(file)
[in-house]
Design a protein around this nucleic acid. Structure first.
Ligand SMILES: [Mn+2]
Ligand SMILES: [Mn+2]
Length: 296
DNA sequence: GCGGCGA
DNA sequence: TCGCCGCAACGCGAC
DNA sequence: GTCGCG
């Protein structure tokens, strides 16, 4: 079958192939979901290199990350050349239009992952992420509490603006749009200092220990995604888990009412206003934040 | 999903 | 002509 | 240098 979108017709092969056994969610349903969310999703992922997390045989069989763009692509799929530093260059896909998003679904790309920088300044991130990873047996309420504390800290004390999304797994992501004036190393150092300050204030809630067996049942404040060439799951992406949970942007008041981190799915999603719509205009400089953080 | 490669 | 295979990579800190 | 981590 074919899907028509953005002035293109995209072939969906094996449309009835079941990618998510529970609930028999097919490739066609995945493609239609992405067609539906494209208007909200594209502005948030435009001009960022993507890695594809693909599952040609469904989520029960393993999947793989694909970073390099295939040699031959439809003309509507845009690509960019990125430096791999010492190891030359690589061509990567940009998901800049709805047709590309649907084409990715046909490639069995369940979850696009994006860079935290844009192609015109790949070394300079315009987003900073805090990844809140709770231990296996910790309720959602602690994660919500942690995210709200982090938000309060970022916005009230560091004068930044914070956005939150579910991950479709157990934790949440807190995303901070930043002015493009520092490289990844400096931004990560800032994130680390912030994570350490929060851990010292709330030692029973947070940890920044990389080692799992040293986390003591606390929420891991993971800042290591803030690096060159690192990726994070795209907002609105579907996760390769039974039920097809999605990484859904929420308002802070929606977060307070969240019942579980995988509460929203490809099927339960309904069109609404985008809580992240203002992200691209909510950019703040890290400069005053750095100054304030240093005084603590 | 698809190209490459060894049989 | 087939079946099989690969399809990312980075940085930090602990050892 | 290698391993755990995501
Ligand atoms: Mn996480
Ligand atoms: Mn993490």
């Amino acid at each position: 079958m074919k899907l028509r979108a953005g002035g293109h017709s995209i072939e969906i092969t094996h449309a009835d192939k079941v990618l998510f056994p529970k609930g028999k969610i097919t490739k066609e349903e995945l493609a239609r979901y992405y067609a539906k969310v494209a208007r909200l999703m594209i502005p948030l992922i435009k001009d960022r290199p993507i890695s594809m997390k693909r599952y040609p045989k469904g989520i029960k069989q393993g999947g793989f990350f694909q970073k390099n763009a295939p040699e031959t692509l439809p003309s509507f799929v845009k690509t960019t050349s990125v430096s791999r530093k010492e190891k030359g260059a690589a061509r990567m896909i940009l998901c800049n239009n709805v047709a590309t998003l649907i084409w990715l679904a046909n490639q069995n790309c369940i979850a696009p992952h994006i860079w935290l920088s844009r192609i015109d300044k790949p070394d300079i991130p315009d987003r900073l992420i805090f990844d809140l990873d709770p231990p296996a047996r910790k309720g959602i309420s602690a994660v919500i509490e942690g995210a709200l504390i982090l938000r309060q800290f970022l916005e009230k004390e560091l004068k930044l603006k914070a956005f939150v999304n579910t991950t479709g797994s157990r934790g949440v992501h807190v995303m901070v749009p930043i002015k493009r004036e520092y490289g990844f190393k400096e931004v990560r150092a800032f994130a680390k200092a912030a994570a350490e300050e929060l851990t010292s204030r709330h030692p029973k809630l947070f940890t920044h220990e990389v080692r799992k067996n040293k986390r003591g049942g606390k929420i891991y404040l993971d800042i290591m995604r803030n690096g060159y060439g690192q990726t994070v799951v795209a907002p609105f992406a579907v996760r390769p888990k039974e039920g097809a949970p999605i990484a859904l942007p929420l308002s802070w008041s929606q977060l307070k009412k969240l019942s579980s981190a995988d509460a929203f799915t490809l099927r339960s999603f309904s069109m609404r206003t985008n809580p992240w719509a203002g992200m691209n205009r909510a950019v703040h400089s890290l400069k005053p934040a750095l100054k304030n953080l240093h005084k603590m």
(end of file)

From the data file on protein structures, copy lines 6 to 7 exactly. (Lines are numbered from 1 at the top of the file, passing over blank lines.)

DNA sequence: GCGGCGA
DNA sequence: TCGCCGCAACGCGAC